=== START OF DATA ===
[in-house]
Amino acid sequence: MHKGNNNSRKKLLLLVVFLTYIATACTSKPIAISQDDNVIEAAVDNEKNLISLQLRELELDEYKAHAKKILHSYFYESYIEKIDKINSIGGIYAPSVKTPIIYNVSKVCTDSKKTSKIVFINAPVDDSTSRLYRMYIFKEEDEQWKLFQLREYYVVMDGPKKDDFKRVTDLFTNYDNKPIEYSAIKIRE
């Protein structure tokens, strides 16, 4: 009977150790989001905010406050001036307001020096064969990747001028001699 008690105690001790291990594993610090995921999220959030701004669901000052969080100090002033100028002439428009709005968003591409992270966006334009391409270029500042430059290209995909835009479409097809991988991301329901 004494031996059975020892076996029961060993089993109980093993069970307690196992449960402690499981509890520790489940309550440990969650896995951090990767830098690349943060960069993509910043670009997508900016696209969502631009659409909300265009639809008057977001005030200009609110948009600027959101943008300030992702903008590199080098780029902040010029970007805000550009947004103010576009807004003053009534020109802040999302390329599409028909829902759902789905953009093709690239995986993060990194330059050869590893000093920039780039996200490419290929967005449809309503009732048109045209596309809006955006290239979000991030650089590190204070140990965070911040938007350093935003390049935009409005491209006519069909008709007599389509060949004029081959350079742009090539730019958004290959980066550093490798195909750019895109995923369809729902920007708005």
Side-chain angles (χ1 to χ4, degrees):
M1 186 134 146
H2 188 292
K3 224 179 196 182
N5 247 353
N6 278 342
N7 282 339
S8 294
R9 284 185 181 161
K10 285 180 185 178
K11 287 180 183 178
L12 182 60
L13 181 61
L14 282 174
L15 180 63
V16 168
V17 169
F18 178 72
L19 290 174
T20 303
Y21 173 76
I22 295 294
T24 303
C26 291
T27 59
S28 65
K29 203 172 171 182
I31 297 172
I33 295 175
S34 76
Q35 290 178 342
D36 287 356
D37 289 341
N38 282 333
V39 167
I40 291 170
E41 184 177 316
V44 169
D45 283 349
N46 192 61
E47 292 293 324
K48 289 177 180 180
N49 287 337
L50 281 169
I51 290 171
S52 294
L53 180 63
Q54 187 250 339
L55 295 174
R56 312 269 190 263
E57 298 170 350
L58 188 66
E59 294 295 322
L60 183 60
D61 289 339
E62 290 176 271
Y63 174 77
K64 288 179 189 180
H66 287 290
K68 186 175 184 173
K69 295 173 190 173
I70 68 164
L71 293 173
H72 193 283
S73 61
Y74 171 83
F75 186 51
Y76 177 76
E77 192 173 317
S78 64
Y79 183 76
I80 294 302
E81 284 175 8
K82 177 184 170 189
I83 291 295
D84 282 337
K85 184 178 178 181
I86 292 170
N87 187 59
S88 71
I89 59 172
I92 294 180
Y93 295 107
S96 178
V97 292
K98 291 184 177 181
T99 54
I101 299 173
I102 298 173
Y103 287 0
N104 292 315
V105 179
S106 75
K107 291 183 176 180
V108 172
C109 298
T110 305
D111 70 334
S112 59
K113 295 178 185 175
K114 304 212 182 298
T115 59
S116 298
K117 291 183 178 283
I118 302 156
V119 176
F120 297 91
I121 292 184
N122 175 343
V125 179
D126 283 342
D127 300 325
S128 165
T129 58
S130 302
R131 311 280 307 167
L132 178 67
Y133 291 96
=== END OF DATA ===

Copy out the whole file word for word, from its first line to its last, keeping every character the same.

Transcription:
[in-house]
Amino acid sequence: MHKGNNNSRKKLLLLVVFLTYIATACTSKPIAISQDDNVIEAAVDNEKNLISLQLRELELDEYKAHAKKILHSYFYESYIEKIDKINSIGGIYAPSVKTPIIYNVSKVCTDSKKTSKIVFINAPVDDSTSRLYRMYIFKEEDEQWKLFQLREYYVVMDGPKKDDFKRVTDLFTNYDNKPIEYSAIKIRE
């Protein structure tokens, strides 16, 4: 009977150790989001905010406050001036307001020096064969990747001028001699 008690105690001790291990594993610090995921999220959030701004669901000052969080100090002033100028002439428009709005968003591409992270966006334009391409270029500042430059290209995909835009479409097809991988991301329901 004494031996059975020892076996029961060993089993109980093993069970307690196992449960402690499981509890520790489940309550440990969650896995951090990767830098690349943060960069993509910043670009997508900016696209969502631009659409909300265009639809008057977001005030200009609110948009600027959101943008300030992702903008590199080098780029902040010029970007805000550009947004103010576009807004003053009534020109802040999302390329599409028909829902759902789905953009093709690239995986993060990194330059050869590893000093920039780039996200490419290929967005449809309503009732048109045209596309809006955006290239979000991030650089590190204070140990965070911040938007350093935003390049935009409005491209006519069909008709007599389509060949004029081959350079742009090539730019958004290959980066550093490798195909750019895109995923369809729902920007708005």
Side-chain angles (χ1 to χ4, degrees):
M1 186 134 146
H2 188 292
K3 224 179 196 182
N5 247 353
N6 278 342
N7 282 339
S8 294
R9 284 185 181 161
K10 285 180 185 178
K11 287 180 183 178
L12 182 60
L13 181 61
L14 282 174
L15 180 63
V16 168
V17 169
F18 178 72
L19 290 174
T20 303
Y21 173 76
I22 295 294
T24 303
C26 291
T27 59
S28 65
K29 203 172 171 182
I31 297 172
I33 295 175
S34 76
Q35 290 178 342
D36 287 356
D37 289 341
N38 282 333
V39 167
I40 291 170
E41 184 177 316
V44 169
D45 283 349
N46 192 61
E47 292 293 324
K48 289 177 180 180
N49 287 337
L50 281 169
I51 290 171
S52 294
L53 180 63
Q54 187 250 339
L55 295 174
R56 312 269 190 263
E57 298 170 350
L58 188 66
E59 294 295 322
L60 183 60
D61 289 339
E62 290 176 271
Y63 174 77
K64 288 179 189 180
H66 287 290
K68 186 175 184 173
K69 295 173 190 173
I70 68 164
L71 293 173
H72 193 283
S73 61
Y74 171 83
F75 186 51
Y76 177 76
E77 192 173 317
S78 64
Y79 183 76
I80 294 302
E81 284 175 8
K82 177 184 170 189
I83 291 295
D84 282 337
K85 184 178 178 181
I86 292 170
N87 187 59
S88 71
I89 59 172
I92 294 180
Y93 295 107
S96 178
V97 292
K98 291 184 177 181
T99 54
I101 299 173
I102 298 173
Y103 287 0
N104 292 315
V105 179
S106 75
K107 291 183 176 180
V108 172
C109 298
T110 305
D111 70 334
S112 59
K113 295 178 185 175
K114 304 212 182 298
T115 59
S116 298
K117 291 183 178 283
I118 302 156
V119 176
F120 297 91
I121 292 184
N122 175 343
V125 179
D126 283 342
D127 300 325
S128 165
T129 58
S130 302
R131 311 280 307 167
L132 178 67
Y133 291 96